Simon Carr:

Simon Carr: So for stage two of Bercow's Tory-hating speakership

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But what's this? An Urgent Question on the Budget right before the Budget debate? Earlier in the week we'd had an emergency debate on Health right before the Health debate. John Bercow – in whose grant these devices are – is accelerating with enormous confidence into stage two of his Tory-hating speakership.

After setting the Queen straight on the boring, homophobic country she'd inherited (that was on Tuesday), he had to make do with tiny Tories yesterday. How he chastised and humiliated Jake Berry for bringing up Gordon Brown's tax affairs on the floor of the House.

After a lengthy tutorial on conventions, "He will now rise from his seat and apologise," the MP was told. Old-fashioned school ma'ams used to instruct six-year-olds in this way. You can see why it went out of fashion.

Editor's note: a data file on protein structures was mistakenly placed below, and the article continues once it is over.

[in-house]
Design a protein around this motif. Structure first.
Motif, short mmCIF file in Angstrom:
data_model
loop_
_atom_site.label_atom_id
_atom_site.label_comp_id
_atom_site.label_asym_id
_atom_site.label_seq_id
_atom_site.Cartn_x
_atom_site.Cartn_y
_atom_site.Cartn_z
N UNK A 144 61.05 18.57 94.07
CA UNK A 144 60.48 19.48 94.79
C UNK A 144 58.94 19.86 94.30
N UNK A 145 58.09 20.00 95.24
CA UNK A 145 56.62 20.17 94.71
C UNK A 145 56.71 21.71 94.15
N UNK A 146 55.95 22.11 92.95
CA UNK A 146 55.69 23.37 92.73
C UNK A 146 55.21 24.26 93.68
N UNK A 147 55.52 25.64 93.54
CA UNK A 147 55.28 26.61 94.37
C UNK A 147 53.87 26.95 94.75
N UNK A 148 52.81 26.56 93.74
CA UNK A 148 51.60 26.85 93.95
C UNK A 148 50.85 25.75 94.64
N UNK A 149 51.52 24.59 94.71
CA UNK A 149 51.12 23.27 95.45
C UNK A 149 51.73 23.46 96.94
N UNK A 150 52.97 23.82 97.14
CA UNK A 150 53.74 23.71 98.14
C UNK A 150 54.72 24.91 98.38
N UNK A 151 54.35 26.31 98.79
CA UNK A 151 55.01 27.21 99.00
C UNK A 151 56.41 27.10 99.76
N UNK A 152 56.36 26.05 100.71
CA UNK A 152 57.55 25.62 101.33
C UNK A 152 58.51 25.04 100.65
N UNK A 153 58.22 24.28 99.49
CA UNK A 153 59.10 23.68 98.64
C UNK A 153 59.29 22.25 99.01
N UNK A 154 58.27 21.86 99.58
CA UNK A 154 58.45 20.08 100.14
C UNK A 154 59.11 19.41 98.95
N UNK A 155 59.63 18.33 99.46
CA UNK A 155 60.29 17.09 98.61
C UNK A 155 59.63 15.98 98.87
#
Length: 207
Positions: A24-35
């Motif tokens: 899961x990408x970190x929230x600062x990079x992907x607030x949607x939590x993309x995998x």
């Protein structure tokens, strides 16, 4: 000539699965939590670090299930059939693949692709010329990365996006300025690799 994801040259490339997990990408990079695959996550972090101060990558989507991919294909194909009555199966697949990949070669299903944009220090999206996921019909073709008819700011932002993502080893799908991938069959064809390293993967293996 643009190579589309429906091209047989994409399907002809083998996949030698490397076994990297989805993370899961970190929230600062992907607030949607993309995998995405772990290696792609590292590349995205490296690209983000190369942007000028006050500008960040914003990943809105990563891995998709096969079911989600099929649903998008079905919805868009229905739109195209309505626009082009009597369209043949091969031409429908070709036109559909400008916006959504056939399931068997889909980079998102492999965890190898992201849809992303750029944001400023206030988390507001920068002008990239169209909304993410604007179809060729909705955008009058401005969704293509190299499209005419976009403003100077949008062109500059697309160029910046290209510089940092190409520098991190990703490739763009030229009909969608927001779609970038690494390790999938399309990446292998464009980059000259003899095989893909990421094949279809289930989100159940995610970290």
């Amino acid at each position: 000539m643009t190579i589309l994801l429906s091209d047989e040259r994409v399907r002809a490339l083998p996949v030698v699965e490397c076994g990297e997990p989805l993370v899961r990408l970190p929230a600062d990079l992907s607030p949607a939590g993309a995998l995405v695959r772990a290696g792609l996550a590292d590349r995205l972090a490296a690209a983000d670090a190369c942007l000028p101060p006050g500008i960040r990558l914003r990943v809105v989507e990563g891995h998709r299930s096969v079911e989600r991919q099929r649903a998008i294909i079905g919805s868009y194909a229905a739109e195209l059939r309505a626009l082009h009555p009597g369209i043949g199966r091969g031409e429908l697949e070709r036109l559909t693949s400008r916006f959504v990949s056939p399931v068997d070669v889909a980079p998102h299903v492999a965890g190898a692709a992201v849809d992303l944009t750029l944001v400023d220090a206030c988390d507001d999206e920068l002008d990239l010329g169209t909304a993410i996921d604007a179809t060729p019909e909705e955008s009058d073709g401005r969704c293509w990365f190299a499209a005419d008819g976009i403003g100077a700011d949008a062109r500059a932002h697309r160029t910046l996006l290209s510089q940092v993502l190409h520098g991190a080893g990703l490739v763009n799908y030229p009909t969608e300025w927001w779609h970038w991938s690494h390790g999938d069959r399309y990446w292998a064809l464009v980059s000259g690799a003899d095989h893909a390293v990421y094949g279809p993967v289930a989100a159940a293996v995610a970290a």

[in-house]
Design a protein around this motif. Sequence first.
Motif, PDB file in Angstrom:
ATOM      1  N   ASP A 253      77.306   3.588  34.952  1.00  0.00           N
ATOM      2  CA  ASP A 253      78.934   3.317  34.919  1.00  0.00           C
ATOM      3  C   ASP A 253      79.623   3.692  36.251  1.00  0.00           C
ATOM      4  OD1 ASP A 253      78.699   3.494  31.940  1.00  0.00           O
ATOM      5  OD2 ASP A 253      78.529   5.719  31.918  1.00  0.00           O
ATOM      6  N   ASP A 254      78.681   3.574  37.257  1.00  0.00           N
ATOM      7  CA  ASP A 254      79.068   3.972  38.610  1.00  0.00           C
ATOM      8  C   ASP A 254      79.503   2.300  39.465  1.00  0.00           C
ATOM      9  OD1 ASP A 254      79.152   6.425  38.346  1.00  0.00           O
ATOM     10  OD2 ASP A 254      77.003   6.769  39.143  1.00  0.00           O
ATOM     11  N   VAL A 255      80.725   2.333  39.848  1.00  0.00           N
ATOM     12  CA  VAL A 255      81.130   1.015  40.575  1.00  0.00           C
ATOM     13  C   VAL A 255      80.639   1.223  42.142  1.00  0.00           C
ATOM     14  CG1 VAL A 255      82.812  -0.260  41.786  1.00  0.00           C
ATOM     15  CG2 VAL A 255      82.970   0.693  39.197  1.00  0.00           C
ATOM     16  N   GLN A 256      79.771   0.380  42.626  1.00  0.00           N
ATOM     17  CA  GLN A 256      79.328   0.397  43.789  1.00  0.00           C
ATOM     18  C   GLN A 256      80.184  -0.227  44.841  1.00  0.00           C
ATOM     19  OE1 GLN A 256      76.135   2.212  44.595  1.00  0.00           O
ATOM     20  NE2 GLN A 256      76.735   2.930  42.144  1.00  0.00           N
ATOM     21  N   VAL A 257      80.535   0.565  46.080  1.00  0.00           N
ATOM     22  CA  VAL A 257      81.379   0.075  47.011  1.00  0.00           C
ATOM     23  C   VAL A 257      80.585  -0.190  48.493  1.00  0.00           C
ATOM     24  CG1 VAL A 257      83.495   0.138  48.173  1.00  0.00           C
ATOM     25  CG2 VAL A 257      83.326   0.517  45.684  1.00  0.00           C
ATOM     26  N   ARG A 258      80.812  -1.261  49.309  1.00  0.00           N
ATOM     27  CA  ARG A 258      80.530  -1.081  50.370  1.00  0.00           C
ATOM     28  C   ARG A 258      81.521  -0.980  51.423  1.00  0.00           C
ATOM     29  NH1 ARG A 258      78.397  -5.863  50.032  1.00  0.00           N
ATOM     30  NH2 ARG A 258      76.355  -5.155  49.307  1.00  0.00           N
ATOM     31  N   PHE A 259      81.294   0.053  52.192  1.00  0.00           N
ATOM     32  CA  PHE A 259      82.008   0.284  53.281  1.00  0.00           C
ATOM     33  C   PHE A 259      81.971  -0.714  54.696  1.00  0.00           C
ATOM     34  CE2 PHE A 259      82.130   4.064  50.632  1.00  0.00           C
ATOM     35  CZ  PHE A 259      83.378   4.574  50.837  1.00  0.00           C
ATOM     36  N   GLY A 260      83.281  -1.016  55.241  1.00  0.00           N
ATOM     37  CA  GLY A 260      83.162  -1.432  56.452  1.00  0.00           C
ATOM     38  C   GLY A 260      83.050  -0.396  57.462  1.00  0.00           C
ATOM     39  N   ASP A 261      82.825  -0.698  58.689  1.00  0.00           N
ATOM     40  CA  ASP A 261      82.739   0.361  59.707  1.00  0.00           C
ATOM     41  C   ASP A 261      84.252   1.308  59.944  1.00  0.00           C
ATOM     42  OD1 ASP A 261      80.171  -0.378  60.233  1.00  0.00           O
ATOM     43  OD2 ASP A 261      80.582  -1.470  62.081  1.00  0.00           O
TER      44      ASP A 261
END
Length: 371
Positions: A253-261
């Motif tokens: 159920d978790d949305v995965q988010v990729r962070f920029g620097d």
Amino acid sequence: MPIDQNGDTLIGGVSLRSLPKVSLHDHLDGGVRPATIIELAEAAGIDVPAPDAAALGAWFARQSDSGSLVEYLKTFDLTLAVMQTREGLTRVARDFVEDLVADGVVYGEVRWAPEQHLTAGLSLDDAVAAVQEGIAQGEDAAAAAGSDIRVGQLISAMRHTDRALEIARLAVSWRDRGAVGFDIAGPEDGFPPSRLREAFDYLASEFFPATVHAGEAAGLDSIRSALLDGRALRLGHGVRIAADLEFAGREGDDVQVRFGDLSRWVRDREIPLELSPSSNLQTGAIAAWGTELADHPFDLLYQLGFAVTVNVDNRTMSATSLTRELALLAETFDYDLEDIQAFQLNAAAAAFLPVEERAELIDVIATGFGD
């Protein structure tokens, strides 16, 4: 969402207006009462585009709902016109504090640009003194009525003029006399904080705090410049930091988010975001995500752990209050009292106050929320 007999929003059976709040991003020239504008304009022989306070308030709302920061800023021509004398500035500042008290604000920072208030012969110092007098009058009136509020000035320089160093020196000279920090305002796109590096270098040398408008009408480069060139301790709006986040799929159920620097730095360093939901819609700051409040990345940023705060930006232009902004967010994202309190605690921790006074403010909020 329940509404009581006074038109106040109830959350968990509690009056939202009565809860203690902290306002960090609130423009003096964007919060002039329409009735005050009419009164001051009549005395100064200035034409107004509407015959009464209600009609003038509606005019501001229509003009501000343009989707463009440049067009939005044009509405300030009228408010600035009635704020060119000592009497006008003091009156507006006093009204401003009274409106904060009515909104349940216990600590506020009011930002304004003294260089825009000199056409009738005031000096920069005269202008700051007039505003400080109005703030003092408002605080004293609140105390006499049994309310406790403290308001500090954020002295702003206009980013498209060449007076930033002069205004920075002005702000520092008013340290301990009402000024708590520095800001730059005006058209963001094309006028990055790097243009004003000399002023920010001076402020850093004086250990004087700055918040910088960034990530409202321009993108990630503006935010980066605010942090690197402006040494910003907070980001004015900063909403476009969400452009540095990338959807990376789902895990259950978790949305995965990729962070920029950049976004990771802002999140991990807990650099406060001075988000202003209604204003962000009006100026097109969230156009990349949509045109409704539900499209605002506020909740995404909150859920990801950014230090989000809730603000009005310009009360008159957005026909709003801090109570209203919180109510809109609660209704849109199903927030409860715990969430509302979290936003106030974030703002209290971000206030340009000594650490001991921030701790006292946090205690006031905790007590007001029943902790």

"Power reveals" is one of Boris Johnson's dicta. Bercow is feeling his power and revealing himself day by day. It is a fascinating sight. More and more spectators are gathering to watch.

The Budget debate, when eventually we got to it, had a new incarnation of Ed Balls.

He has data streams to persuade you that these are the same old Tories and this is a budget for millionaires. If you believe that, you won't need persuading of it here.

His new manner makes much of varied tone, pace and pitch. It's an improvement, but what an effort it takes.

He drops his voice and it sounds like someone whispering what they're shouting.

Much was made of a pre-election quote scoffing at the idea a lower tax rate would bring back the rich from Monaco to pay tax in Britain. George Osborne scoffed back, but Vince Cable laughed uneasily (it was his quote).

Poor old Vince, cruelly mocked, held up better than expected – despite the intensive coaching of the Chancellor at his side. He recalled the searing lessons of the previous 13 years with Labour, in general, and Balls, in particular, scornfully insisting tax rates above 40 per cent did rock all to bring in extra revenue (which is why, he said, they didn't raise them). Touché, surely.

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